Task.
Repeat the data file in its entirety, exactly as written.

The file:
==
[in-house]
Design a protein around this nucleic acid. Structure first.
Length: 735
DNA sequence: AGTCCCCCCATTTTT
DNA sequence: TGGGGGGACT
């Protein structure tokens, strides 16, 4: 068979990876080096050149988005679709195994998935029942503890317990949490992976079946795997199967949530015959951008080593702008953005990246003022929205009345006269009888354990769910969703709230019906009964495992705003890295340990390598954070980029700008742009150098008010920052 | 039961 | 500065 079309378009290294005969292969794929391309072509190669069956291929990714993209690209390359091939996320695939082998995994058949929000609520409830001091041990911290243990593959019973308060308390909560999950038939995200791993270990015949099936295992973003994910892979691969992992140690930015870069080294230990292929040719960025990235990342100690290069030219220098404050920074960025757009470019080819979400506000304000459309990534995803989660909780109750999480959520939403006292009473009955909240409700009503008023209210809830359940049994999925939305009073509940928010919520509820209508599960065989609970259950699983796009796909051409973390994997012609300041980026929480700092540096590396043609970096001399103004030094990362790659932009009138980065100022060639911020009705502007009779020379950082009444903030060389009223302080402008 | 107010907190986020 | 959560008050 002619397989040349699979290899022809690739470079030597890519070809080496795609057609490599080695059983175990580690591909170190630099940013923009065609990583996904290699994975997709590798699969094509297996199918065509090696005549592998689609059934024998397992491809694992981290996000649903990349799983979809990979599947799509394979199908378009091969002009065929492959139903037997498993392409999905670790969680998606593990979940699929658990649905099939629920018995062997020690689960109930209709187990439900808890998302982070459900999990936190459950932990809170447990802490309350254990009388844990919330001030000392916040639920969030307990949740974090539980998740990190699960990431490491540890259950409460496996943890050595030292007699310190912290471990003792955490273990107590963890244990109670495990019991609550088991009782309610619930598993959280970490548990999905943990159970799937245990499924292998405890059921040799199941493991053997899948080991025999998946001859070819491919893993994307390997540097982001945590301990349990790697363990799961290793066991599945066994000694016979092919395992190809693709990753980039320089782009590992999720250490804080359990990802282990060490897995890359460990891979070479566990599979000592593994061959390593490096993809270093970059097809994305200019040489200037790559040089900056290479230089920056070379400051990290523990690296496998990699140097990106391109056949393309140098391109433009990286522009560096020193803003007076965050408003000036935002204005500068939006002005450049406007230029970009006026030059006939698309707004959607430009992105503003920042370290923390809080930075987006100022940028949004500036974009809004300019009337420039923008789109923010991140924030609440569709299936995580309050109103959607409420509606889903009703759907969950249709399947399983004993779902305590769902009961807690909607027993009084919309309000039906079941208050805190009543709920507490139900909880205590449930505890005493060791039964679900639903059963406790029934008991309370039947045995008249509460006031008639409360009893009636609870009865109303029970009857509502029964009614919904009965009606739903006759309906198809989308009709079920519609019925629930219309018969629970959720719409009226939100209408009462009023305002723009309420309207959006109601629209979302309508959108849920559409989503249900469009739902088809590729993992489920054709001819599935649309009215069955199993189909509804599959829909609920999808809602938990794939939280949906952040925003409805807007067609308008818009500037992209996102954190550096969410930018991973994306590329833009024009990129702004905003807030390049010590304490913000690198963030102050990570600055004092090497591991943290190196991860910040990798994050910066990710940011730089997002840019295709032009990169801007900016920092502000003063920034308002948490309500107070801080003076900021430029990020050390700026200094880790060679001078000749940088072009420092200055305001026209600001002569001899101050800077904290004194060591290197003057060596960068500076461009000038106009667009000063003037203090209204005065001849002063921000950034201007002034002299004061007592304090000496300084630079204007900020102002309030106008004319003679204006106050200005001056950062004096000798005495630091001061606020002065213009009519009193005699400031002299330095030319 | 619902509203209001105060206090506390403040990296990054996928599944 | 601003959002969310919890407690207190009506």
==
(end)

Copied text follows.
[in-house]
Design a protein around this nucleic acid. Structure first.
Length: 735
DNA sequence: AGTCCCCCCATTTTT
DNA sequence: TGGGGGGACT
């Protein structure tokens, strides 16, 4: 068979990876080096050149988005679709195994998935029942503890317990949490992976079946795997199967949530015959951008080593702008953005990246003022929205009345006269009888354990769910969703709230019906009964495992705003890295340990390598954070980029700008742009150098008010920052 | 039961 | 500065 079309378009290294005969292969794929391309072509190669069956291929990714993209690209390359091939996320695939082998995994058949929000609520409830001091041990911290243990593959019973308060308390909560999950038939995200791993270990015949099936295992973003994910892979691969992992140690930015870069080294230990292929040719960025990235990342100690290069030219220098404050920074960025757009470019080819979400506000304000459309990534995803989660909780109750999480959520939403006292009473009955909240409700009503008023209210809830359940049994999925939305009073509940928010919520509820209508599960065989609970259950699983796009796909051409973390994997012609300041980026929480700092540096590396043609970096001399103004030094990362790659932009009138980065100022060639911020009705502007009779020379950082009444903030060389009223302080402008 | 107010907190986020 | 959560008050 002619397989040349699979290899022809690739470079030597890519070809080496795609057609490599080695059983175990580690591909170190630099940013923009065609990583996904290699994975997709590798699969094509297996199918065509090696005549592998689609059934024998397992491809694992981290996000649903990349799983979809990979599947799509394979199908378009091969002009065929492959139903037997498993392409999905670790969680998606593990979940699929658990649905099939629920018995062997020690689960109930209709187990439900808890998302982070459900999990936190459950932990809170447990802490309350254990009388844990919330001030000392916040639920969030307990949740974090539980998740990190699960990431490491540890259950409460496996943890050595030292007699310190912290471990003792955490273990107590963890244990109670495990019991609550088991009782309610619930598993959280970490548990999905943990159970799937245990499924292998405890059921040799199941493991053997899948080991025999998946001859070819491919893993994307390997540097982001945590301990349990790697363990799961290793066991599945066994000694016979092919395992190809693709990753980039320089782009590992999720250490804080359990990802282990060490897995890359460990891979070479566990599979000592593994061959390593490096993809270093970059097809994305200019040489200037790559040089900056290479230089920056070379400051990290523990690296496998990699140097990106391109056949393309140098391109433009990286522009560096020193803003007076965050408003000036935002204005500068939006002005450049406007230029970009006026030059006939698309707004959607430009992105503003920042370290923390809080930075987006100022940028949004500036974009809004300019009337420039923008789109923010991140924030609440569709299936995580309050109103959607409420509606889903009703759907969950249709399947399983004993779902305590769902009961807690909607027993009084919309309000039906079941208050805190009543709920507490139900909880205590449930505890005493060791039964679900639903059963406790029934008991309370039947045995008249509460006031008639409360009893009636609870009865109303029970009857509502029964009614919904009965009606739903006759309906198809989308009709079920519609019925629930219309018969629970959720719409009226939100209408009462009023305002723009309420309207959006109601629209979302309508959108849920559409989503249900469009739902088809590729993992489920054709001819599935649309009215069955199993189909509804599959829909609920999808809602938990794939939280949906952040925003409805807007067609308008818009500037992209996102954190550096969410930018991973994306590329833009024009990129702004905003807030390049010590304490913000690198963030102050990570600055004092090497591991943290190196991860910040990798994050910066990710940011730089997002840019295709032009990169801007900016920092502000003063920034308002948490309500107070801080003076900021430029990020050390700026200094880790060679001078000749940088072009420092200055305001026209600001002569001899101050800077904290004194060591290197003057060596960068500076461009000038106009667009000063003037203090209204005065001849002063921000950034201007002034002299004061007592304090000496300084630079204007900020102002309030106008004319003679204006106050200005001056950062004096000798005495630091001061606020002065213009009519009193005699400031002299330095030319 | 619902509203209001105060206090506390403040990296990054996928599944 | 601003959002969310919890407690207190009506």